As House Leaders, Clinton, Obama Descend On Copenhagen, Is A Deal Possible?
Secretary of State Clinton and practically the entire House leadership are in Copenhagen for the close of the COP 15 climate talks, and President Obama will arrive tomorrow. But are they arriving to close a deal, or to be caught in the middle of yet another troubled negotiation?
Prior to the arrival of Clinton and the House leadership, the talks where moving sideways. The UK’s climate secretary labeled the talks a farce, with too much bickering on side issues delaying the agreement. Activists were kicked out of the talks in a move that infuriated many.
But Clinton was able to get the talks back on track with a pledge to have the US participate in a fundraising effort to help poor nations adapt to a warming climate:
COPENHAGEN — With time running out on the stalled Copenhagen climate negotiations, Secretary of State Hillary Rodham Clinton gave new hope that an agreement might still be reached when she announced Thursday that the United States would help raise $100 billion a year by 2020 to enable poor nations to combat climate change […]
Mrs. Clinton’s announcement signaled the first time the Obama administration had made a commitment to such an extensive financing effort, even though she did not specify the amount the United States would contribute along with other nations. She also cautioned that the United States’ participation was contingent on reaching a firm agreement this week, one that would require a commitment from China about greater transparency in its emissions reporting. “A hundred billion can have tangible effects,” Mrs. Clinton said. “We actually think $100 billion is appropriate, usable and will be effective.”
Clinton said that the US would withhold that support unless China also contributed to the fund.
A bloc of African nations also made a concession, that they would accept a slightly smaller fund from rich nations. Environmentalists seeking a deal seem to be pinning a lot of their hopes on President Obama:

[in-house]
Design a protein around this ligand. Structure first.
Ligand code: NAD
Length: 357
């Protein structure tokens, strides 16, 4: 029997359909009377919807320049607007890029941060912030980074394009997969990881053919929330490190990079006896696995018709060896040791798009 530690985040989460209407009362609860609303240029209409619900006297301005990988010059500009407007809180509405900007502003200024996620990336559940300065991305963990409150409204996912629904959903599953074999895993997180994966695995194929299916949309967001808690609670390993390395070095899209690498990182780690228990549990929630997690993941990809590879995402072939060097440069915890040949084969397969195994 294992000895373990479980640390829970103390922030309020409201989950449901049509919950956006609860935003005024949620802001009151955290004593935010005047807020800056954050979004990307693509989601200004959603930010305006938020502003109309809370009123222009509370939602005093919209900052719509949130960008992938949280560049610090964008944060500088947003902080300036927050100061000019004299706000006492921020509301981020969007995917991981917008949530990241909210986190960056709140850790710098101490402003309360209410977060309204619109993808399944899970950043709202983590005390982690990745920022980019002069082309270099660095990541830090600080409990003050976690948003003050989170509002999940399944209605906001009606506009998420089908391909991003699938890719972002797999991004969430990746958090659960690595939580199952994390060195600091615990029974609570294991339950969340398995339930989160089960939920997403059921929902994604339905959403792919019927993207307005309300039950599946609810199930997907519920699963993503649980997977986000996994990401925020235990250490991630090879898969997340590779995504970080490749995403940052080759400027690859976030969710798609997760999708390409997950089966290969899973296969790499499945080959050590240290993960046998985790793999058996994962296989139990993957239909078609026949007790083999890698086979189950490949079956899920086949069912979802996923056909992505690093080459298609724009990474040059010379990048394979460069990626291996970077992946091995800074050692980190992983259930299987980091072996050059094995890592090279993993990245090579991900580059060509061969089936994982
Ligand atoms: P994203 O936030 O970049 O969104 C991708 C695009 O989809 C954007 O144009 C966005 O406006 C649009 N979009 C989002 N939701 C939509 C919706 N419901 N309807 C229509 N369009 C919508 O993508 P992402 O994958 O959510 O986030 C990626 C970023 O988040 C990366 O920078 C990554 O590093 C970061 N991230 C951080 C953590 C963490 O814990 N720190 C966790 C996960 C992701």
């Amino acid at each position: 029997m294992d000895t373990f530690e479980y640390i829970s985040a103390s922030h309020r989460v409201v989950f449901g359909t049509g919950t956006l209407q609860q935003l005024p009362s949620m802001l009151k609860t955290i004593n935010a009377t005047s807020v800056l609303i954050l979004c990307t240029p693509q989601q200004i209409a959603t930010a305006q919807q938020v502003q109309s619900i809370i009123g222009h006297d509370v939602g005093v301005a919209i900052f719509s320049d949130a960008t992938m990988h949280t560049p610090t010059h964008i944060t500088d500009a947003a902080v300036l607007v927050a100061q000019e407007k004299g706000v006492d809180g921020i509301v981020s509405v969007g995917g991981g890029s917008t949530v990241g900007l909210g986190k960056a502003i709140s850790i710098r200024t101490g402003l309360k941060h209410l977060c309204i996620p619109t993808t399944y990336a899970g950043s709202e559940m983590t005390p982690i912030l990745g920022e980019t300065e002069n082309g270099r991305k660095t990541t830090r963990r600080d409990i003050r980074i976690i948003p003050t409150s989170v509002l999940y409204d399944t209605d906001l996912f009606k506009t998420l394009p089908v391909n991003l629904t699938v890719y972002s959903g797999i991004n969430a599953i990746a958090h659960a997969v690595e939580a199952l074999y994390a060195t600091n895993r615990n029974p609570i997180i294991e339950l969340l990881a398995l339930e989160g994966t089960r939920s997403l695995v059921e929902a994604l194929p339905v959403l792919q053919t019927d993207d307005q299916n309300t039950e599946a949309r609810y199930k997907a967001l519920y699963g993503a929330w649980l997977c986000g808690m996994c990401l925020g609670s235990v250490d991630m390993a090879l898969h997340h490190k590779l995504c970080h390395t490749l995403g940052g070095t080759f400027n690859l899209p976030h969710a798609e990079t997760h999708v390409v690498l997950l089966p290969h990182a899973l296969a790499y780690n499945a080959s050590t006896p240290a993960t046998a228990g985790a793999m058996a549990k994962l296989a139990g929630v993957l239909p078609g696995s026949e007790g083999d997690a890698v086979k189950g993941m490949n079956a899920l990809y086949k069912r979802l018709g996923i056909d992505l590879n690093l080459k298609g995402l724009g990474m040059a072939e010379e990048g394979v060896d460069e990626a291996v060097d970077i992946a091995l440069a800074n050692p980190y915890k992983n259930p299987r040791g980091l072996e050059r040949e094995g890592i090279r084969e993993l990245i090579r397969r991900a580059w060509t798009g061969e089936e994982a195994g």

Some environmentalists expressed hope that Obama’s appearance Friday, the final day of the 12-day talks, could help end the two chaotic weeks on a successful note.
“If the pieces are here, President Obama is the only person who can pull them together into an agreement,” said Fred Krupp, president of the Environmental Defense Fund. “We expect him to do so.”
David Corn writes that Clinton’s appearance certainly changed the dynamic of the summit, but wondered if it would be enough:
Hillary Clinton’s announcement placed pressure on China. There certainly are unknowns about the pledged $100 billion. She only noted it would come from public and private sources. And developing nations—including China—have suggested that this fund should be at least twice this size. But the offer was a major move. Repeatedly in her press conference, Clinton noted that the cash was conditional upon reaching an agreement in which all nations would commit to meaningful emissions curbs and monitoring. “It’s hard to imagine this level of financial commitment…without transparency,” she remarked. She added, “if there’s not a commitment to transparency, that’s a deal-breaker for us.” She was tough, accusing China of backing away from a joint US-Chinese statement released last month in which both nations pledged to apply transparency to emissions reductions efforts […]
There are still plenty of issues at play besides the US-China face-off—deeper emissions cuts from major emitters, a firm limit for the expected global temperature rise, the legal nature of any agreement that comes out of Copenhagen or that is forged down the road. But the tussle between the two economic powers was clogging the pipes. If the American initiative prompts any Chinese movement, there could be space for the summit to produce some sort of imperfect deal.
We shall see if President Obama’s engagement with China bore any fruit in these talks.
UPDATE: Another development – a leaked document from the talks seems to suggest that the final goal of carbon in the atmosphere would be much higher than expected:
If 350 ppm is where we should be headed, 450 is very high risk, and 550 creates unacceptable risk (and damage), the leaked UN documents show that current proposals would lead to a CO2 concentration of 770 ppm by 2100. That global four (okay, 3.9) degree Celsius temperature increase would doom significant coastal areas to inundation, global agriculture to almost inevitable declined productivity due to disrupted weather patterns, huge percentages of species to extinction, and our children (or children’s children) to a much harder existence than would be the case with a FAB (fair, aggressive, binding) climate agreement.